FINDING a memorial to Protestants burnt by Queen Mary I pricked Peter Wickins’ curiosity.
The former lecturer in economic history at the University of Cape Town decided to investigate.
The resulting book, Victorian Protestantism and Bloody Mary (Arena Books, £17.99) is published on Monday. In it, he suggests the main reason for Bury St Edmunds’ Martyrs’ Memorial was not to mark the villainy of Catherine of Aragon and Henry VIII’s daughter, but to boost the Protestant cause when they felt challenged in Victorian times.
Mr Wickins, 87, who retired to Bury, said: “I was surprised by two things. First was that there was no obvious reason for putting up a memorial. It wasn’t a centenary or any conspicuous date.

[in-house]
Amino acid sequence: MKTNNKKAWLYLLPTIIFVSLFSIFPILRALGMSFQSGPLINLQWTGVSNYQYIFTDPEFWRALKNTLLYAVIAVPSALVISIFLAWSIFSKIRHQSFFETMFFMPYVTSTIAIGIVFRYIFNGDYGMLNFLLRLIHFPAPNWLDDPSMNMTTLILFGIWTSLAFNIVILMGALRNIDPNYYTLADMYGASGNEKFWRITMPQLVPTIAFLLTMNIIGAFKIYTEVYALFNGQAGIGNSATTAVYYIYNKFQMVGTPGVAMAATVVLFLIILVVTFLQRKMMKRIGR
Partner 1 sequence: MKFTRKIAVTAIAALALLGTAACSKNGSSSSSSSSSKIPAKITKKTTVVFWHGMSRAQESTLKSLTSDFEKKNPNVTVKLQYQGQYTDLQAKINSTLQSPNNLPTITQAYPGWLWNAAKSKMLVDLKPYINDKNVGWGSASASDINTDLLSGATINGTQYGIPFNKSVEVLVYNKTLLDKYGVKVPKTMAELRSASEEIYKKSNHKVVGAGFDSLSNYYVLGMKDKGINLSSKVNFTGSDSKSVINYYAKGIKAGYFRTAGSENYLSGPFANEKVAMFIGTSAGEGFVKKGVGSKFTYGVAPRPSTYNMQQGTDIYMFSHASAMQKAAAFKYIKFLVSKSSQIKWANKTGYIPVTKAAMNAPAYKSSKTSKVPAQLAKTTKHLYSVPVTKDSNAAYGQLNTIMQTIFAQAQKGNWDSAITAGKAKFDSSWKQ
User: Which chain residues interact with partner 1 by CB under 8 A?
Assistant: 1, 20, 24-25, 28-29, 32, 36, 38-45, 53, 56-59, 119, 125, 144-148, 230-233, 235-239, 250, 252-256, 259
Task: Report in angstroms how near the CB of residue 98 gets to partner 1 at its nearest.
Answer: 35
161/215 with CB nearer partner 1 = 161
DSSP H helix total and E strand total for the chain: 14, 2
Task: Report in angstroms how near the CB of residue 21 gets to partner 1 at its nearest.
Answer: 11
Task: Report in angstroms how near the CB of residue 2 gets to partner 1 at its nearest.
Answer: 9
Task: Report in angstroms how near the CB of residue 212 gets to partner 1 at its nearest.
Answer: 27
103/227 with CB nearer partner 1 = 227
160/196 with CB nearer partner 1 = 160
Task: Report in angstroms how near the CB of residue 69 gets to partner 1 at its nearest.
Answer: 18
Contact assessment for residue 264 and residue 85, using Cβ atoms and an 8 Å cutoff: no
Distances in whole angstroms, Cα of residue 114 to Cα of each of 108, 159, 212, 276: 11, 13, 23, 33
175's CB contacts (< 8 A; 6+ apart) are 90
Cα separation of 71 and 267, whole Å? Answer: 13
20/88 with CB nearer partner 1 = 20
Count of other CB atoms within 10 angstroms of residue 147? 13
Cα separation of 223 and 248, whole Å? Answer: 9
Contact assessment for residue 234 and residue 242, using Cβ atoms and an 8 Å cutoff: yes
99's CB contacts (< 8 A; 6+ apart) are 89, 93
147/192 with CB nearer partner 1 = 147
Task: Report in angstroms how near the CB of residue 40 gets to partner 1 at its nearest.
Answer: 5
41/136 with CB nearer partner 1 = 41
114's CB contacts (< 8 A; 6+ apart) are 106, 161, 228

“The other was that some of the martyrs were not burnt by Bloody Mary but by Henry VIII or Elizabeth.”
He says that though 17 names appear on the memorial, none was from Bury. While the Victorians thought Bury was a centre of Protestant resistance, Mr Wickins believes it was just a ‘safe place’ to burn them.
In 1903, Bury memorial committee raised only £100, compared to £1,000 in Lewes, and was unhappy that the town’s council only offered a site tucked behind the Norman Tower.